Why Auburn has a (really hard) path to being the first-ever 2-loss College Football Playoff team


The Tigers face a brutal gauntlet that will define their season, one way or the other.

Three sentences that shouldn’t make sense in order, but do:

  • A two-loss team has never made the College Football Playoff.
  • Auburn had two losses before November.
  • Auburn is likely to make the Playoff if it doesn’t lose another game.

The Tigers’ path is extremely difficult, and it’s exceedingly unlikely that they’ll pull it off. But because of who they’ve still got on the schedule, it’s possible.

Auburn would have to win out. That would mean a trio of marquee wins.

The Tigers’ elite defense and steady offense meet Georgia on Saturday at Jordan-Hare Stadium (3:30 p.m. ET, CBS). The Dawgs will almost certainly enter as the No. 1 team in the Playoff committee ranking, having beaten Notre Dame and already clinched the SEC East. A win over UGA would be any team’s best all season.

If the Tigers beat UGA, their home game against probable new No. 1 Alabama would likely decide the SEC West.

If Auburn beat both UGA and Bama, it’d bring up a rematch with the Dawgs in the SEC Championship. A win there would make Auburn 11-2.

A finish that outrageous would make Auburn deserving.

Let’s also assume UGA beats Kentucky and Georgia Tech while Bama beats Mississippi State. If UGA were to finish 11-2 with two losses to the SEC champ, that’d give Auburn two wins over a team likely ranked No. 5 or so in the final rankings, assuming a little chaos elsewhere. An 11-1 Bama would also be well inside the top 10.

With losses to Clemson and LSU and a win against Mississippi State, Auburn’s record against the final Playoff top 25 would probably be 4-2. Its record against .500-plus teams could be 7-2, depending on how Missouri and Ole Miss finish.

Those numbers would end up comparable to several Playoff teams in years that weren’t as wide-open as this one.

The differences between Auburn’s potential 2017 case and Penn State’s 2016 case are simple.

Penn State’s two losses included a blowout to Michigan. Both of Auburn’s so far were by single scores on the road against currently ranked teams.

Auburn would also have a far better list of wins. The 12 teams that made the Playoff in its first three years all had good wins, but having three top-10 wins is pretty rare.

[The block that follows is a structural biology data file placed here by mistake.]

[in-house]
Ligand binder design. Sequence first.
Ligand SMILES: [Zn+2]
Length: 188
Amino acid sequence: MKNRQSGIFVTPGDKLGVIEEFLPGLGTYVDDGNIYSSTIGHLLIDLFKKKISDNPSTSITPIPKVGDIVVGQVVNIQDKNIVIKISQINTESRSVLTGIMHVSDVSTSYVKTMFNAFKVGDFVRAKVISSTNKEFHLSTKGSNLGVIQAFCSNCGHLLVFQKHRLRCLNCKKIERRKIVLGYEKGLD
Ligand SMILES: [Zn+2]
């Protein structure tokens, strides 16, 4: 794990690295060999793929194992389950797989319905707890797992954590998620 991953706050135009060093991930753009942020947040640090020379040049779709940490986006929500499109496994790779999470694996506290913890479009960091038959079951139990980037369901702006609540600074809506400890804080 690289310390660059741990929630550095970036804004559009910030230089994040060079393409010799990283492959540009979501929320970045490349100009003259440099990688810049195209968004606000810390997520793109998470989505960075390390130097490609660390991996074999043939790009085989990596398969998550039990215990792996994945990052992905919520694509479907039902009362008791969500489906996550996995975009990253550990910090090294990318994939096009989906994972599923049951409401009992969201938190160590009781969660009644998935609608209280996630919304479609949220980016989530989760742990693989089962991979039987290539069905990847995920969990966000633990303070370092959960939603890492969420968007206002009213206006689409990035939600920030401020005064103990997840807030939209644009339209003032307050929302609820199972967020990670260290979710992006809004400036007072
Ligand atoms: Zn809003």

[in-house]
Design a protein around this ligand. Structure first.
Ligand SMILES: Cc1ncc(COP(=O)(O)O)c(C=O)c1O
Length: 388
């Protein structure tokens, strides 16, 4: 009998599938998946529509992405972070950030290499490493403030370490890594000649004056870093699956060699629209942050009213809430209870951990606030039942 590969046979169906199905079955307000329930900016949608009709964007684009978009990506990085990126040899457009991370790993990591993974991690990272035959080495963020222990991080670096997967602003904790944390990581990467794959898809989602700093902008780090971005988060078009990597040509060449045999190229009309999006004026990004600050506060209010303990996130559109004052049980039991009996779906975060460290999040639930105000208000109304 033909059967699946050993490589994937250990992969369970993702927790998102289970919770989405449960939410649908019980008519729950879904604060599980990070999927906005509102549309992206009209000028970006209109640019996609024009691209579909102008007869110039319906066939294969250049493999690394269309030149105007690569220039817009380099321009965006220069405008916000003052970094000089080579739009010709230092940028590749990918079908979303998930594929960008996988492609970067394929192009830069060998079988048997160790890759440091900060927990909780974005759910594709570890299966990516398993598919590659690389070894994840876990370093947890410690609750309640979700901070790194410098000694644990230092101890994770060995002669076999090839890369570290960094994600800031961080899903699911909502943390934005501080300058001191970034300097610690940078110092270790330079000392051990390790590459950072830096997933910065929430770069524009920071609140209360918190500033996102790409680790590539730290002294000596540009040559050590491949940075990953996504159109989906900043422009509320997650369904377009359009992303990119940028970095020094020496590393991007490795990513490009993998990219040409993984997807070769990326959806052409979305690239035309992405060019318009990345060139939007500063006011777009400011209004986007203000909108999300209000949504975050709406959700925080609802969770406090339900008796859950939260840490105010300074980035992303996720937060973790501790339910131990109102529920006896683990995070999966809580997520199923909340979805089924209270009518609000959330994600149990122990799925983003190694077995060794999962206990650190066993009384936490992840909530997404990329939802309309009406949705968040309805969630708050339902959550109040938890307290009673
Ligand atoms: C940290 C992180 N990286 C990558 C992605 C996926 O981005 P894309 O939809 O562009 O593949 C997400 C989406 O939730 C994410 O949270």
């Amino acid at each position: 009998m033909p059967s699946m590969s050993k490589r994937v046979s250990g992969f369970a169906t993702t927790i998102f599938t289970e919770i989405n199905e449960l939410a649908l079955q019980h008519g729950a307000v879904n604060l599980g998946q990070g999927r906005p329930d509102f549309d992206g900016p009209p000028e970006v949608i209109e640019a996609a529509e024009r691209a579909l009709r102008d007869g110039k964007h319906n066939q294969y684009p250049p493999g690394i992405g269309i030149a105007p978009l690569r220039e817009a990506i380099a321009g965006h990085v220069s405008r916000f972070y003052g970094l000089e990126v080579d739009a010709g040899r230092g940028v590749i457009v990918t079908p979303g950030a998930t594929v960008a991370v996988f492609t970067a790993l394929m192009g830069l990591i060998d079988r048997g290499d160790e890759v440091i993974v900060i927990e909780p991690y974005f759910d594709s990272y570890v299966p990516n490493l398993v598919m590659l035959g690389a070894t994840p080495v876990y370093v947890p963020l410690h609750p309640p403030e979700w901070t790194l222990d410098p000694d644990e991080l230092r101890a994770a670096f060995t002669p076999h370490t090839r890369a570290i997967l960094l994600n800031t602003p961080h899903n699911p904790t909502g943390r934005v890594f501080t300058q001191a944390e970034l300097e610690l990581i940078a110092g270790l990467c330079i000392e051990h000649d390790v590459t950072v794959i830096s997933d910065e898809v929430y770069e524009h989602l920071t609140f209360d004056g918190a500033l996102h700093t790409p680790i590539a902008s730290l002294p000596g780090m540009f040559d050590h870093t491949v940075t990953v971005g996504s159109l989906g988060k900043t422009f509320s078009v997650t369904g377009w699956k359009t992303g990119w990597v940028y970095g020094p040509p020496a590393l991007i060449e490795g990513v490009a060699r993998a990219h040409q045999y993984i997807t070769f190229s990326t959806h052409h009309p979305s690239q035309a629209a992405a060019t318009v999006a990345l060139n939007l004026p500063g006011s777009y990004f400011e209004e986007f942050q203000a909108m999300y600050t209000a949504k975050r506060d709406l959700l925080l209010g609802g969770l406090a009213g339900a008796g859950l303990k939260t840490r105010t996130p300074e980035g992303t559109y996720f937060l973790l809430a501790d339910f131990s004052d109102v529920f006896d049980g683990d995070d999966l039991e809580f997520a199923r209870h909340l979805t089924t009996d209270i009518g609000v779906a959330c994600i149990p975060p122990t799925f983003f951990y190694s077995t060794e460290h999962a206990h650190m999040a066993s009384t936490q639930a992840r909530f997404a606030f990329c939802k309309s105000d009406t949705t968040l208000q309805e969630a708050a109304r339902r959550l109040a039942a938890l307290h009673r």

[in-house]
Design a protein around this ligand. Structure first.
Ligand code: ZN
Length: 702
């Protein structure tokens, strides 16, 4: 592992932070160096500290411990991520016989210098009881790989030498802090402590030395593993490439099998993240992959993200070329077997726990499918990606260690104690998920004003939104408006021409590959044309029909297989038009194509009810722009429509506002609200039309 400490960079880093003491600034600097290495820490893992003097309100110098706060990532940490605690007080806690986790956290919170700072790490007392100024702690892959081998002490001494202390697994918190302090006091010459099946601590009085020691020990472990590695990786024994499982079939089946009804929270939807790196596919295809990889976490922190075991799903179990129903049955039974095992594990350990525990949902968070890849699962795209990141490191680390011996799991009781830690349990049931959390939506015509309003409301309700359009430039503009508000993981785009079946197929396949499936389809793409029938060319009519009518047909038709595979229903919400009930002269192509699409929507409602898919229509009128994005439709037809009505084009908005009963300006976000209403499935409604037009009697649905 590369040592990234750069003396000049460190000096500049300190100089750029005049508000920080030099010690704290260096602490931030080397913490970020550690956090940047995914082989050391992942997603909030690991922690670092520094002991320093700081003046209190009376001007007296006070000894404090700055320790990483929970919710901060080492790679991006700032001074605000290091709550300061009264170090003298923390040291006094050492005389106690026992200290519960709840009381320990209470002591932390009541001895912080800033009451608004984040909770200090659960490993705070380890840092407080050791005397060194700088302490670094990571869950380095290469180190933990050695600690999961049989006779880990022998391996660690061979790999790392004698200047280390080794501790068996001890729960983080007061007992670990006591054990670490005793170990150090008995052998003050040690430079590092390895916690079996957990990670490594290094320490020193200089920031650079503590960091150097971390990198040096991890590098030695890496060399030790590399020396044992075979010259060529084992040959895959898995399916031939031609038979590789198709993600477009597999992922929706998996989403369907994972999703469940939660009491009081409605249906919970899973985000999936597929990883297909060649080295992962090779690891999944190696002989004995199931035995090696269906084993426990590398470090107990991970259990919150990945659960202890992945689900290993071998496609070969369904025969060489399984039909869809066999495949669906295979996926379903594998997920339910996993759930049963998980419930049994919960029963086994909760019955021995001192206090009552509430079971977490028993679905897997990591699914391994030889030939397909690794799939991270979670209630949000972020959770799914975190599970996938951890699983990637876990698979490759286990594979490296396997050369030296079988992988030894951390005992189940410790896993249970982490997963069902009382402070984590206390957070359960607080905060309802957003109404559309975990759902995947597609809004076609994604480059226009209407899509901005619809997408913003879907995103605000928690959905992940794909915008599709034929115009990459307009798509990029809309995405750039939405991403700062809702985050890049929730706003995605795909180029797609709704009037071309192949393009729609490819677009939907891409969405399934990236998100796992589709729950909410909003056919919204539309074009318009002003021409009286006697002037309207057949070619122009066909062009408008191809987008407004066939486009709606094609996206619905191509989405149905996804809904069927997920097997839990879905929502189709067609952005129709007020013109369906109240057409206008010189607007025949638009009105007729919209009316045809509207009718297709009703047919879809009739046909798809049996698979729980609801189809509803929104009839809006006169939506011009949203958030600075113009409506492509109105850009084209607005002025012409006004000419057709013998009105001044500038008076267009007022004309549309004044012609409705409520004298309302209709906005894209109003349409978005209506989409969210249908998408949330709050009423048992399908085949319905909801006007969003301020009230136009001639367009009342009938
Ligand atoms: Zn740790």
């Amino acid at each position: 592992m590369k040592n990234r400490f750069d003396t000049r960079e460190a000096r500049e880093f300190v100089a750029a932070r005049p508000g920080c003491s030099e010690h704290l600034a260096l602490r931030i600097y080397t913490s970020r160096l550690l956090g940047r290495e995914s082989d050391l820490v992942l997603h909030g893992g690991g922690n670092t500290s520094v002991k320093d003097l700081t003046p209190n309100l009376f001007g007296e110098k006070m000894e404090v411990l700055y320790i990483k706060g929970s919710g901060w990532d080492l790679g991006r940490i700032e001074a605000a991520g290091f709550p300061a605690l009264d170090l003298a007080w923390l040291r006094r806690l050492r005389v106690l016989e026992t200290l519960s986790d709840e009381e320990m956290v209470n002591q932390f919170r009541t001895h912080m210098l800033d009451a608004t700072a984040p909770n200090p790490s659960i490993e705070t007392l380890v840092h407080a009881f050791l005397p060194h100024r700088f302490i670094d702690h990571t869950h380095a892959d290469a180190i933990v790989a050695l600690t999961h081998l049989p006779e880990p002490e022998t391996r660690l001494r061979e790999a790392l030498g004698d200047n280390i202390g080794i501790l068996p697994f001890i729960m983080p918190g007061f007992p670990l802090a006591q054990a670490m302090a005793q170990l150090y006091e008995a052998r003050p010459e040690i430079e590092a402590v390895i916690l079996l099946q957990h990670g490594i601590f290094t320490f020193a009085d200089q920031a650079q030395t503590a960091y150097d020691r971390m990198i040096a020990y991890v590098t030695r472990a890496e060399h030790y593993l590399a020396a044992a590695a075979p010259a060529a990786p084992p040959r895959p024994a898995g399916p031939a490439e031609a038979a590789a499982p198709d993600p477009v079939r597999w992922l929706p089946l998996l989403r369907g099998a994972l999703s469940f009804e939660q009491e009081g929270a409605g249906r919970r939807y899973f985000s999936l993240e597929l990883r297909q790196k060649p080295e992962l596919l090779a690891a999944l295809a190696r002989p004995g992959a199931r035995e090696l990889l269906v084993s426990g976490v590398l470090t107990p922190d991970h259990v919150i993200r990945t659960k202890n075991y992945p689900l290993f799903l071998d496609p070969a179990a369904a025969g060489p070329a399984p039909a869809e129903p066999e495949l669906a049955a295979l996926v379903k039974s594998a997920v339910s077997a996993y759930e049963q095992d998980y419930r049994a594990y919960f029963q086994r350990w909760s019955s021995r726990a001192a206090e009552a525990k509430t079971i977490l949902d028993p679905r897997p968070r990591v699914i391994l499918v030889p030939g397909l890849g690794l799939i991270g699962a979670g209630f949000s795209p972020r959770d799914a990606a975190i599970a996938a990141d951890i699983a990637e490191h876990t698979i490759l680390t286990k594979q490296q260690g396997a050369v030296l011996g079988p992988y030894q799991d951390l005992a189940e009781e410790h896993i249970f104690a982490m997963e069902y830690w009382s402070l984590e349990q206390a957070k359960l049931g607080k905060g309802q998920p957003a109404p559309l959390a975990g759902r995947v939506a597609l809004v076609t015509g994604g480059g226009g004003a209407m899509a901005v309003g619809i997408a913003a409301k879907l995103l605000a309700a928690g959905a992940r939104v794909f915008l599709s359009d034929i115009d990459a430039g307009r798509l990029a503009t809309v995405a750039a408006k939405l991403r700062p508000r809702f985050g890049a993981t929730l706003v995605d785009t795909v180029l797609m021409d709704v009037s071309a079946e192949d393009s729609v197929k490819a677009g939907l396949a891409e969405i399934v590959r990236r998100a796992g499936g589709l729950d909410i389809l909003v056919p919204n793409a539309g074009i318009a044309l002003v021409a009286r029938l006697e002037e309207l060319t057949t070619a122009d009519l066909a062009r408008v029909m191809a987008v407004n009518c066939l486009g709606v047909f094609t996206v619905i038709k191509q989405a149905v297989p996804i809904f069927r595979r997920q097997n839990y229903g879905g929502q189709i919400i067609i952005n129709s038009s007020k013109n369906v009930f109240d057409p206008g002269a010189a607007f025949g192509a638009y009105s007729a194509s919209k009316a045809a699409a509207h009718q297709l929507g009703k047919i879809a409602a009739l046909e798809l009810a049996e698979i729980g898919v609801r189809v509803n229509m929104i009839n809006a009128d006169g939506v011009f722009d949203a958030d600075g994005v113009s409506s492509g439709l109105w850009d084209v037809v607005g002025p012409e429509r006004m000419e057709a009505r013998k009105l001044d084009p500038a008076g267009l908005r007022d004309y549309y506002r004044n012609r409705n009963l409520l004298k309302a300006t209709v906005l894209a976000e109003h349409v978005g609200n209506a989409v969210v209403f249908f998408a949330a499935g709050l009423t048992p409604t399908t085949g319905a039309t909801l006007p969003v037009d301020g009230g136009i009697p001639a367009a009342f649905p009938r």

In fact, look at the trend-breaking team that made the Playoff in 2016.

Ohio State made it despite not being a conference champ because it’d beaten No. 6 Michigan, No. 7 Oklahoma, and No. 8 Wisconsin. Auburn’s best three wins would rank even better, since UGA would count twice.

Just as important to a two-loss Auburn’s Playoff hopes: chaos in other leagues.

  • The Big Ten could miss the Playoff altogether. None of the Big Ten’s two-loss teams have anything on their full schedules like Auburn’s opportunity, and Wisconsin’s schedule is so bad that the Badgers might be out if they lose at any point.
  • So could the Big 12, which will enter its conference championship game without any guarantee of having a one-loss champion.
  • In the Pac-12, only Washington has one loss, and the committee’s likely to be unimpressed with UW’s schedule.
  • And there’s certainly no guarantee Notre Dame finishes its tough schedule 11-1.

The odds of this happening are, to state the obvious, not good.

Bill Connelly’s S&P+ projections give the Tigers these chances down the stretch:

  • 46 percent to beat Georgia at home
  • 89 percent to beat ULM at home
  • 41 percent to beat Alabama at home
  • 40 percent to beat Georgia at a neutral site

The chances of a 4-0 stretch here are 7 percent. That’s just a remote possibility, and the computers probably give Auburn a better chance than most humans would.

But if Auburn can do it, the Plainsmen will be legends. The Playoff committee might have no choice but to break its own two-loss trend for a team on that kind of run.

Thanks for your visiting on this page Why Auburn has a (really hard) path to being the first-ever 2-loss College Football Playoff team, We hope this post can be a good reference for you and provide useful information for you :-).

This article is sourced from: Here